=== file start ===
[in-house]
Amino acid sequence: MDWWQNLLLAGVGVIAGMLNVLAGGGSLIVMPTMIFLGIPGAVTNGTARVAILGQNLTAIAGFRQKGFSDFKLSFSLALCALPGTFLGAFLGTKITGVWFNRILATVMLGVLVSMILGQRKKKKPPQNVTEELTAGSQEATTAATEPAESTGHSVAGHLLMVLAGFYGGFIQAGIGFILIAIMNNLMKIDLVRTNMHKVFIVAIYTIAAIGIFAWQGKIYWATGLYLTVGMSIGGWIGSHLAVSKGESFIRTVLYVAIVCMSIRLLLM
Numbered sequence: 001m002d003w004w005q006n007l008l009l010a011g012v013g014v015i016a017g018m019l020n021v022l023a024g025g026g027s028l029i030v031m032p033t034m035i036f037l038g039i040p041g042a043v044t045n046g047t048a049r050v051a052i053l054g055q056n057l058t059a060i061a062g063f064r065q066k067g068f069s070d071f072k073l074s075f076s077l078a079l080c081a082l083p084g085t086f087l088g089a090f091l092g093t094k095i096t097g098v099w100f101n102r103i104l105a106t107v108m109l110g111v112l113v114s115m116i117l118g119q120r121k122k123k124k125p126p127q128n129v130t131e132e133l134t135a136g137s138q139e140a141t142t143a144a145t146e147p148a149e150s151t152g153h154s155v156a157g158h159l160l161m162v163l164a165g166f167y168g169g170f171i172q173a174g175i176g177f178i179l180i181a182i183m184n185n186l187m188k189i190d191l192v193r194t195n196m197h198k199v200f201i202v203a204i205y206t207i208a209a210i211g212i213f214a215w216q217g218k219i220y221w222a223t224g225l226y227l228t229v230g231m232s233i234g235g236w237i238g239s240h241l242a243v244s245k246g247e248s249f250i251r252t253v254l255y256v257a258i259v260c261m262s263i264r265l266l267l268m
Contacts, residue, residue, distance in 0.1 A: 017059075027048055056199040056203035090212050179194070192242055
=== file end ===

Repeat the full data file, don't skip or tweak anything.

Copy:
[in-house]
Amino acid sequence: MDWWQNLLLAGVGVIAGMLNVLAGGGSLIVMPTMIFLGIPGAVTNGTARVAILGQNLTAIAGFRQKGFSDFKLSFSLALCALPGTFLGAFLGTKITGVWFNRILATVMLGVLVSMILGQRKKKKPPQNVTEELTAGSQEATTAATEPAESTGHSVAGHLLMVLAGFYGGFIQAGIGFILIAIMNNLMKIDLVRTNMHKVFIVAIYTIAAIGIFAWQGKIYWATGLYLTVGMSIGGWIGSHLAVSKGESFIRTVLYVAIVCMSIRLLLM
Numbered sequence: 001m002d003w004w005q006n007l008l009l010a011g012v013g014v015i016a017g018m019l020n021v022l023a024g025g026g027s028l029i030v031m032p033t034m035i036f037l038g039i040p041g042a043v044t045n046g047t048a049r050v051a052i053l054g055q056n057l058t059a060i061a062g063f064r065q066k067g068f069s070d071f072k073l074s075f076s077l078a079l080c081a082l083p084g085t086f087l088g089a090f091l092g093t094k095i096t097g098v099w100f101n102r103i104l105a106t107v108m109l110g111v112l113v114s115m116i117l118g119q120r121k122k123k124k125p126p127q128n129v130t131e132e133l134t135a136g137s138q139e140a141t142t143a144a145t146e147p148a149e150s151t152g153h154s155v156a157g158h159l160l161m162v163l164a165g166f167y168g169g170f171i172q173a174g175i176g177f178i179l180i181a182i183m184n185n186l187m188k189i190d191l192v193r194t195n196m197h198k199v200f201i202v203a204i205y206t207i208a209a210i211g212i213f214a215w216q217g218k219i220y221w222a223t224g225l226y227l228t229v230g231m232s233i234g235g236w237i238g239s240h241l242a243v244s245k246g247e248s249f250i251r252t253v254l255y256v257a258i259v260c261m262s263i264r265l266l267l268m
Contacts, residue, residue, distance in 0.1 A: 017059075027048055056199040056203035090212050179194070192242055